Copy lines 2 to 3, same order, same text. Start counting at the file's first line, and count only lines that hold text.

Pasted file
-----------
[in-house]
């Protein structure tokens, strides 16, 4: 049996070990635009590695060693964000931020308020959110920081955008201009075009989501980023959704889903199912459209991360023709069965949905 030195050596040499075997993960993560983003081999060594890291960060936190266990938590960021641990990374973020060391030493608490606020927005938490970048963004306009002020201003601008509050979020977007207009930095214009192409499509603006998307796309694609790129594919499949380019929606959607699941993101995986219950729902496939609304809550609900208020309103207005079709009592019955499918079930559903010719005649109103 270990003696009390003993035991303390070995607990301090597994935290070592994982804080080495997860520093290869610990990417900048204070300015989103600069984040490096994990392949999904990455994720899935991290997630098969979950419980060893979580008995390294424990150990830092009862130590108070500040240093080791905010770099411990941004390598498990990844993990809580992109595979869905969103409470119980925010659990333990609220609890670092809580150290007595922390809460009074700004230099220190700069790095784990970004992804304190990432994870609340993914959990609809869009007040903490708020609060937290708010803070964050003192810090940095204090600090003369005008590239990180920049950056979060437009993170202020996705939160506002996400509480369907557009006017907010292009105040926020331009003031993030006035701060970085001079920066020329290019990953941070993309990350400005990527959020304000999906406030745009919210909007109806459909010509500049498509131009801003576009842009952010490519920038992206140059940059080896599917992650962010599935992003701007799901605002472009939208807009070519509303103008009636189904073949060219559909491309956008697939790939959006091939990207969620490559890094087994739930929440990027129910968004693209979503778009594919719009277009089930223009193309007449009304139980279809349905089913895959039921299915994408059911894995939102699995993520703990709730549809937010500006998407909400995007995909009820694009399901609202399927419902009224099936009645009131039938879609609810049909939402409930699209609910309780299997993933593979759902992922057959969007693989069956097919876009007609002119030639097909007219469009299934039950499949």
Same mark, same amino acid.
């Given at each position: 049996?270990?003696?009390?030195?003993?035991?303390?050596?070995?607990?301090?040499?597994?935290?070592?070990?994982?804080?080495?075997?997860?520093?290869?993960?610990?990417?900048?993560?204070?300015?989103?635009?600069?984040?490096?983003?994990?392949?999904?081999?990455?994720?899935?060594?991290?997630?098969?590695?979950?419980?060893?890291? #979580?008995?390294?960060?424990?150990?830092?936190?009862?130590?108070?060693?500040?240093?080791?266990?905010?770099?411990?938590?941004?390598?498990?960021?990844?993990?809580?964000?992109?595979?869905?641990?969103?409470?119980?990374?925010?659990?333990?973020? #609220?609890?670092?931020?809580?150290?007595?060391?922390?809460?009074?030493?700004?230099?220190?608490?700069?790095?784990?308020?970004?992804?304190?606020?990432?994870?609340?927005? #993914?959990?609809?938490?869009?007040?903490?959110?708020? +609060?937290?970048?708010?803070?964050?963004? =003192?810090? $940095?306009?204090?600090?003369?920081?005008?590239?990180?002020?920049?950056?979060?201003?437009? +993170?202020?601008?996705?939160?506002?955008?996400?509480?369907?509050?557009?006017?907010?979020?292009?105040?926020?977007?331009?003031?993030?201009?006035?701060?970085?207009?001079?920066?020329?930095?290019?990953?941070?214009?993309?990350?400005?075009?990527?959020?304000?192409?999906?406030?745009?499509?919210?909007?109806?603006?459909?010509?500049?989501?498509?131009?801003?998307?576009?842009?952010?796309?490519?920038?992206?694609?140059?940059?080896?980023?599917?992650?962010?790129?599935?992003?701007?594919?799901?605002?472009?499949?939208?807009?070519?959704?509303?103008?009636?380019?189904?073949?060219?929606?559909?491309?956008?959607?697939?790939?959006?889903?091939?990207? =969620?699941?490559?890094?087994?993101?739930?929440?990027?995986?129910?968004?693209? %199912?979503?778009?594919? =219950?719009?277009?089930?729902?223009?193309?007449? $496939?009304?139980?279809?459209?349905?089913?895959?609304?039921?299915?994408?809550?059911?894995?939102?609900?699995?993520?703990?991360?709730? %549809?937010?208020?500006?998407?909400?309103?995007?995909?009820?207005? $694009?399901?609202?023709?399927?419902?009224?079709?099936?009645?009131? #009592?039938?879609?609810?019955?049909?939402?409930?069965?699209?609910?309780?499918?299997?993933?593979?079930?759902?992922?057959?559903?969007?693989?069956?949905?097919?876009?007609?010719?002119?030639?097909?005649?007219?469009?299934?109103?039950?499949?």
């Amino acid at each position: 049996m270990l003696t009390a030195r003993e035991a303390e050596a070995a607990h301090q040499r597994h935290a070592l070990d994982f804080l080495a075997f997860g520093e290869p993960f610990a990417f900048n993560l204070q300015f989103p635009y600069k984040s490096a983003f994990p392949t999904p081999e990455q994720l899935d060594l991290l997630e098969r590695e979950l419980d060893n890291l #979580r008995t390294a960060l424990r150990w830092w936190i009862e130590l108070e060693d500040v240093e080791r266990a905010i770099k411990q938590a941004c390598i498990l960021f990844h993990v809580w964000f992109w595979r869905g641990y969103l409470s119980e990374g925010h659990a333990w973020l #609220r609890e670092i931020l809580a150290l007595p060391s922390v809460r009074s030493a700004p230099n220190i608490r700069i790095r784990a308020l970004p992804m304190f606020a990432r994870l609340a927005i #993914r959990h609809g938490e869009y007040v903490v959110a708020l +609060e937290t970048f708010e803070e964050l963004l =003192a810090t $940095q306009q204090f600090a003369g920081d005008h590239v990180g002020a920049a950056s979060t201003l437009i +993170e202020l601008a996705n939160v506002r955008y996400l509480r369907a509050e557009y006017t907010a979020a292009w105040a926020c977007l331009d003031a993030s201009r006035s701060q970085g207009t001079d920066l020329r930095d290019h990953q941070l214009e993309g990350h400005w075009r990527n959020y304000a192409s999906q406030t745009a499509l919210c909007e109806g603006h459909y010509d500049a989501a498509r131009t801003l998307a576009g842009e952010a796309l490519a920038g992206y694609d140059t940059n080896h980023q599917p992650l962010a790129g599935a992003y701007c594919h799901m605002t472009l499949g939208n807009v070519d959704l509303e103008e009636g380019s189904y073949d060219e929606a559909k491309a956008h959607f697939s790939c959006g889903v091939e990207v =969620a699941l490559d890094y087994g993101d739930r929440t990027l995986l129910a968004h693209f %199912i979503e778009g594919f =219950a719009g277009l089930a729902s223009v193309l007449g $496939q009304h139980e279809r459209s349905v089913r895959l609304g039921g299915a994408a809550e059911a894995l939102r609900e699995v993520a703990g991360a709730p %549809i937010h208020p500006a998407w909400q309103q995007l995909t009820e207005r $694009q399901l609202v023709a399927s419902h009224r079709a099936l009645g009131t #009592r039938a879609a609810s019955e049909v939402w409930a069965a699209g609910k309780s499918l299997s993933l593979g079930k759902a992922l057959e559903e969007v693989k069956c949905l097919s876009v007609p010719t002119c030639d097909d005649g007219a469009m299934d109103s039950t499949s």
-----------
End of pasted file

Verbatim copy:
């Protein structure tokens, strides 16, 4: 049996070990635009590695060693964000931020308020959110920081955008201009075009989501980023959704889903199912459209991360023709069965949905 030195050596040499075997993960993560983003081999060594890291960060936190266990938590960021641990990374973020060391030493608490606020927005938490970048963004306009002020201003601008509050979020977007207009930095214009192409499509603006998307796309694609790129594919499949380019929606959607699941993101995986219950729902496939609304809550609900208020309103207005079709009592019955499918079930559903010719005649109103 270990003696009390003993035991303390070995607990301090597994935290070592994982804080080495997860520093290869610990990417900048204070300015989103600069984040490096994990392949999904990455994720899935991290997630098969979950419980060893979580008995390294424990150990830092009862130590108070500040240093080791905010770099411990941004390598498990990844993990809580992109595979869905969103409470119980925010659990333990609220609890670092809580150290007595922390809460009074700004230099220190700069790095784990970004992804304190990432994870609340993914959990609809869009007040903490708020609060937290708010803070964050003192810090940095204090600090003369005008590239990180920049950056979060437009993170202020996705939160506002996400509480369907557009006017907010292009105040926020331009003031993030006035701060970085001079920066020329290019990953941070993309990350400005990527959020304000999906406030745009919210909007109806459909010509500049498509131009801003576009842009952010490519920038992206140059940059080896599917992650962010599935992003701007799901605002472009939208807009070519509303103008009636189904073949060219559909491309956008697939790939959006091939990207969620490559890094087994739930929440990027129910968004693209979503778009594919719009277009089930223009193309007449009304139980279809349905089913895959039921299915994408059911894995939102699995993520703990709730549809937010500006998407909400995007995909009820694009399901609202399927419902009224099936009645009131039938879609609810049909939402409930699209609910309780299997993933593979759902992922057959969007693989069956097919876009007609002119030639097909007219469009299934039950499949």
Same mark, same amino acid.